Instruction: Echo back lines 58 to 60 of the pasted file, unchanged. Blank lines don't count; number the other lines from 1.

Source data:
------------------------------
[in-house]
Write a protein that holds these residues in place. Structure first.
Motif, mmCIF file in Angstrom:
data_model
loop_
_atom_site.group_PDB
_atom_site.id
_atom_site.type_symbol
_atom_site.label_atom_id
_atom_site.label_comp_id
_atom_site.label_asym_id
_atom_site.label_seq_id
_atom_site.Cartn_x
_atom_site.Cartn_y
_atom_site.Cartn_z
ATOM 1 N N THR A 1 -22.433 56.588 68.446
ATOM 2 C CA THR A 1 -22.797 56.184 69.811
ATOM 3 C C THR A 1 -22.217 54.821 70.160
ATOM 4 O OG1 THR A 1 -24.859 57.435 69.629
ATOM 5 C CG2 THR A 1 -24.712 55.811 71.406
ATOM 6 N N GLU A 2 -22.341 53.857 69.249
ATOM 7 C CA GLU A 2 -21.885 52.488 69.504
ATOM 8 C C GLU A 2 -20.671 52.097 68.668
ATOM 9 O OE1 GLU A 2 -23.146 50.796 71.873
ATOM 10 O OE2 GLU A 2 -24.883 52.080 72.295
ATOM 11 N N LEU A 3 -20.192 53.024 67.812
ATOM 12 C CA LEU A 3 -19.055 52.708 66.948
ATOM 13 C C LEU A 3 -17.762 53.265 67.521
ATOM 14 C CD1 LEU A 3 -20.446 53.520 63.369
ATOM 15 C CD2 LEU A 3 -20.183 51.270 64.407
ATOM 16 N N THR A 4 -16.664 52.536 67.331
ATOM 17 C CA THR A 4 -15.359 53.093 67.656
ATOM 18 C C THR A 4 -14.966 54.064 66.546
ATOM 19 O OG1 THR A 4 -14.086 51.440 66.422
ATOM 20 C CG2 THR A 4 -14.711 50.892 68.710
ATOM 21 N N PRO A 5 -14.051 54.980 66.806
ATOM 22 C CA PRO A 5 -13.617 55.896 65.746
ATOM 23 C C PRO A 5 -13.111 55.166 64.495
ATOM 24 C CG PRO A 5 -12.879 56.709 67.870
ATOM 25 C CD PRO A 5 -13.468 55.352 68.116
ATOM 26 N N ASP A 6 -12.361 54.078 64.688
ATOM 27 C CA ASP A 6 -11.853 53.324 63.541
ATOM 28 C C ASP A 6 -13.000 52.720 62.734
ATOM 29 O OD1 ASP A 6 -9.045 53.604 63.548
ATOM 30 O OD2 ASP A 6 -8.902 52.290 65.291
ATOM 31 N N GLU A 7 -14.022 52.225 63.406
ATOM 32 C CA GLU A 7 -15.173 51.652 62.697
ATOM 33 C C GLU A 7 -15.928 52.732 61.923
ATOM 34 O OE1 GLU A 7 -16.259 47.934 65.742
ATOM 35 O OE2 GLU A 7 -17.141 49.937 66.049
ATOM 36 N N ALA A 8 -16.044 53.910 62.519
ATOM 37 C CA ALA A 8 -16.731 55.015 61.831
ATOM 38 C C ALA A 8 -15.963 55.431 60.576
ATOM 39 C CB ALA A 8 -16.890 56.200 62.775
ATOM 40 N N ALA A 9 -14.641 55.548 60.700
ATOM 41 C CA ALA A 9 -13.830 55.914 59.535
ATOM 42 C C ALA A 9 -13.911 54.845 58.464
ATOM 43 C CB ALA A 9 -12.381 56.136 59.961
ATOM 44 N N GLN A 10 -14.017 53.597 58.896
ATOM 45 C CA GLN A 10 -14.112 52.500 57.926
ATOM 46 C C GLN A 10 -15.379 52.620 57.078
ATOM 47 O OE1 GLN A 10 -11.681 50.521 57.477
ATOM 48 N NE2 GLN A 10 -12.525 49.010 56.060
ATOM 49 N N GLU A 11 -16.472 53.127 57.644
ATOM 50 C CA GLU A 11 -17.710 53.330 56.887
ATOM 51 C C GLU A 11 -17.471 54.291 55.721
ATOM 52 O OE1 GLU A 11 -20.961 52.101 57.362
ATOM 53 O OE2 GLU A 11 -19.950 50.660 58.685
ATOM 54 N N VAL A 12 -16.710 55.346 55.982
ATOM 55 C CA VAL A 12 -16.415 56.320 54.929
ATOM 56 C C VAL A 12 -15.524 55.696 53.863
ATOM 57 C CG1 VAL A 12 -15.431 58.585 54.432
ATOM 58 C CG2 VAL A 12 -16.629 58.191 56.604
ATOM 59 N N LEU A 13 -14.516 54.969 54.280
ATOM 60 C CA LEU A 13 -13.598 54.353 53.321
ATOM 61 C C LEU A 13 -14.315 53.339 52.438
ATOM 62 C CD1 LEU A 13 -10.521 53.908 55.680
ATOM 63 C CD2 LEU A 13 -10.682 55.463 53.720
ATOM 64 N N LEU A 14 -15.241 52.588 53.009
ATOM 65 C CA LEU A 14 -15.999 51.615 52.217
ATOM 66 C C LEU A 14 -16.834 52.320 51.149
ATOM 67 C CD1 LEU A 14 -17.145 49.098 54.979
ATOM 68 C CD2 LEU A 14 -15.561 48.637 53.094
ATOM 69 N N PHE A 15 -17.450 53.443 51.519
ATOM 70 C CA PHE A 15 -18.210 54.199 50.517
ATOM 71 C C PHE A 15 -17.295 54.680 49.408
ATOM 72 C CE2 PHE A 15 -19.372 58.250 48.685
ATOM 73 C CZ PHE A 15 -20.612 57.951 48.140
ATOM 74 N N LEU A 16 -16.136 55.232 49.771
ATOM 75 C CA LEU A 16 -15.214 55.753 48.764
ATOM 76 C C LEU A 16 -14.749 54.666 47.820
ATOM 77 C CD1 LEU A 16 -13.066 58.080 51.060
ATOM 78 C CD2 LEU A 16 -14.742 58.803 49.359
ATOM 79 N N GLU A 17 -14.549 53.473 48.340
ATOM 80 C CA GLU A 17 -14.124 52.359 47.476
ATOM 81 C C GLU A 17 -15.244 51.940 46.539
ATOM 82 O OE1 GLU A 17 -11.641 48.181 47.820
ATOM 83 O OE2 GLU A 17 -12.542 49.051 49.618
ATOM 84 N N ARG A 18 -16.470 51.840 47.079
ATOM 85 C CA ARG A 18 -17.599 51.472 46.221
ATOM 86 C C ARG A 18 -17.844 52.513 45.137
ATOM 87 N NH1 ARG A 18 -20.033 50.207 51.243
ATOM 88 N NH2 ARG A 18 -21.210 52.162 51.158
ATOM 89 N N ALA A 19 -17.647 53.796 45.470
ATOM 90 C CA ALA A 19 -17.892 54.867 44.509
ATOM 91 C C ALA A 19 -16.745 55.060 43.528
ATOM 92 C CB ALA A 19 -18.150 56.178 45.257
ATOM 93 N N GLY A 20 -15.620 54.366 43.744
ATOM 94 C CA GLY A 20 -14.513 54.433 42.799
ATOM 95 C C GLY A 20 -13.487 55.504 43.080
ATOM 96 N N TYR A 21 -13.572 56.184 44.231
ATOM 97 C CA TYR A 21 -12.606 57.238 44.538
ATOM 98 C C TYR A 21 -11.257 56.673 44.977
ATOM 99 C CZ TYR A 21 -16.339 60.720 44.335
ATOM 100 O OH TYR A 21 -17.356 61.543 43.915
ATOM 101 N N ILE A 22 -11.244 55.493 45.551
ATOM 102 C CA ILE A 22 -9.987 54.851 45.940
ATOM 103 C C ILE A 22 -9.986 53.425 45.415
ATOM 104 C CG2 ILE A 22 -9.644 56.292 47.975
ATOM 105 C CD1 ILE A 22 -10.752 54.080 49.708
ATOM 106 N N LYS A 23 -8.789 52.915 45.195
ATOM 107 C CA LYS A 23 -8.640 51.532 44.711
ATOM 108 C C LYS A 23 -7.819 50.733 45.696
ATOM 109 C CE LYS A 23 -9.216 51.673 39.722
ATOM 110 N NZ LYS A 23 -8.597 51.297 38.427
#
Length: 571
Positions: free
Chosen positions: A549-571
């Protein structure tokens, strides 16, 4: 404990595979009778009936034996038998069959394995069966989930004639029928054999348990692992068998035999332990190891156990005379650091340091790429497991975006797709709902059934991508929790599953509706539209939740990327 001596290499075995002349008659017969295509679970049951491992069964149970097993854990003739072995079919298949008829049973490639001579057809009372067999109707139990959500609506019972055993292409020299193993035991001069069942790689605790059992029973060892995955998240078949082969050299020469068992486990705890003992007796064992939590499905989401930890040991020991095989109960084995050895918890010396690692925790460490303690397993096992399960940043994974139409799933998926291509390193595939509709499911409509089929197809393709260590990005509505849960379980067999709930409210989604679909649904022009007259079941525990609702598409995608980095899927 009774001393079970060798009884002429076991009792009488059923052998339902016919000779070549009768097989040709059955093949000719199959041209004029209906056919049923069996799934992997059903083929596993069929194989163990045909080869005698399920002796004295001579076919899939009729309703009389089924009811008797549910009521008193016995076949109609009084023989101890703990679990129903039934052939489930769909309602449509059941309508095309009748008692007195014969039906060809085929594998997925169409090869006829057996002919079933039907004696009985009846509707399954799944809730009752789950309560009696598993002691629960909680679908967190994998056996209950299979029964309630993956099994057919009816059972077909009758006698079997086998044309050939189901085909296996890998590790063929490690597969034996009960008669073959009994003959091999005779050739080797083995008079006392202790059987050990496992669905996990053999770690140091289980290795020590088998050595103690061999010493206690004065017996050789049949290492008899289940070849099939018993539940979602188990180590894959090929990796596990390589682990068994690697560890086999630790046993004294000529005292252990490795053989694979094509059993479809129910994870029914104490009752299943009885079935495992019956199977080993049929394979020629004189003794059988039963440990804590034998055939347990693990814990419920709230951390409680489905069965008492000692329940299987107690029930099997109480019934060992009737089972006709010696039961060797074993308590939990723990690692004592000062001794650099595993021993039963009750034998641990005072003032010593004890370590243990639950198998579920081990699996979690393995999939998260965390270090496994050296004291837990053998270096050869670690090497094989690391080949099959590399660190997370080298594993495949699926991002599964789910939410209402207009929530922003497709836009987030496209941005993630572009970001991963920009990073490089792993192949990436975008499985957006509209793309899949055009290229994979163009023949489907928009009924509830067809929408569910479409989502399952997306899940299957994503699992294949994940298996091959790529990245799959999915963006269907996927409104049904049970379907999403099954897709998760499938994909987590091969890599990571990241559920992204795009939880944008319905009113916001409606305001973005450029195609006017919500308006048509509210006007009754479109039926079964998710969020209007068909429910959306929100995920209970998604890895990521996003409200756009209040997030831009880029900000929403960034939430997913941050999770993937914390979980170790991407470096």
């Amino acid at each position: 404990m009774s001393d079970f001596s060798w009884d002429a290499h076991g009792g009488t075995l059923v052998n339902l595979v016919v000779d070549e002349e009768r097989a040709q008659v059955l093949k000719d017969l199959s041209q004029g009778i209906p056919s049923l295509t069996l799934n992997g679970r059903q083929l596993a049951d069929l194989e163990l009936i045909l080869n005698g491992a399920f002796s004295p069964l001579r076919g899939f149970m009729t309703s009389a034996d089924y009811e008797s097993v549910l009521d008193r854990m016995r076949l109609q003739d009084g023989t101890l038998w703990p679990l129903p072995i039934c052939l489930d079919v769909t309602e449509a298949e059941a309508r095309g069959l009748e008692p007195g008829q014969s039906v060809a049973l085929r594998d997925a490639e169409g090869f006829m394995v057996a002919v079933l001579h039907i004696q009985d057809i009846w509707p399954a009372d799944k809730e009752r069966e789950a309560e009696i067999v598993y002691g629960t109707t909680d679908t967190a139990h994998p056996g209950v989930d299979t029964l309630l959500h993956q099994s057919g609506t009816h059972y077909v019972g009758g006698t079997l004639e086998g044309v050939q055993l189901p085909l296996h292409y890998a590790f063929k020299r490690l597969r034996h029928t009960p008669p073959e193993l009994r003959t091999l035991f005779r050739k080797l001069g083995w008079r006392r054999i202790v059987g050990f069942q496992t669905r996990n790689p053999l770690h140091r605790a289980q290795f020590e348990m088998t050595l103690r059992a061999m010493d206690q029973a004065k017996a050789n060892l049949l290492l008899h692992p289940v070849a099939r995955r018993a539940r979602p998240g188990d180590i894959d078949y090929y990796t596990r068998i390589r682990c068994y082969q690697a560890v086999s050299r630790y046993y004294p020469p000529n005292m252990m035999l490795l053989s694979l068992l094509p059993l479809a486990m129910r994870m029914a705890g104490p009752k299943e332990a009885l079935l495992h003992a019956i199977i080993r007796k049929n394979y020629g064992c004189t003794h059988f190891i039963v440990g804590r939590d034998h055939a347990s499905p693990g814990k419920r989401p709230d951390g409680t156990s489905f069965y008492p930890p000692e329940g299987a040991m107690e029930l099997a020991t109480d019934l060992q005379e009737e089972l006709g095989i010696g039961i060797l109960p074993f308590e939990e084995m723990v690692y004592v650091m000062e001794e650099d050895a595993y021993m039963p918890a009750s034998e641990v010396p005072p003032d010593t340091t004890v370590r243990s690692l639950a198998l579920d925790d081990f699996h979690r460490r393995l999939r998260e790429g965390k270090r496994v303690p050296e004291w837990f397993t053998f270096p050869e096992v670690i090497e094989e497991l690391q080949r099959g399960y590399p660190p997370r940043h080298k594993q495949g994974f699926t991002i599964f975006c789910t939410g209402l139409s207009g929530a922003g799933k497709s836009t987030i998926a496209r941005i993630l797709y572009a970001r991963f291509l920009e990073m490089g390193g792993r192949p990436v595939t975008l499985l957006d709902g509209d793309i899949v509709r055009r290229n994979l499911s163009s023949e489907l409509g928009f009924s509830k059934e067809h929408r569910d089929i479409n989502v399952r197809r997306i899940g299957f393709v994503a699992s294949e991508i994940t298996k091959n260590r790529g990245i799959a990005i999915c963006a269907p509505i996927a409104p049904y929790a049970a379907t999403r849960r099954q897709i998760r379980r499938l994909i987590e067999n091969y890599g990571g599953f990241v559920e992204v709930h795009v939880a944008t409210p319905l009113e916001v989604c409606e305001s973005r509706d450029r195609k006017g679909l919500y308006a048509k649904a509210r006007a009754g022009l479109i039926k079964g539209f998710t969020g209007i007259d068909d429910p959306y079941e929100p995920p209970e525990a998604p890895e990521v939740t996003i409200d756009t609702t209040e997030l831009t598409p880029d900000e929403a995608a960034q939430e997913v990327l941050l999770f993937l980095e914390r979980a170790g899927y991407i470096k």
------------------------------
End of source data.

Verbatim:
ATOM 43 C CB ALA A 9 -12.381 56.136 59.961
ATOM 44 N N GLN A 10 -14.017 53.597 58.896
ATOM 45 C CA GLN A 10 -14.112 52.500 57.926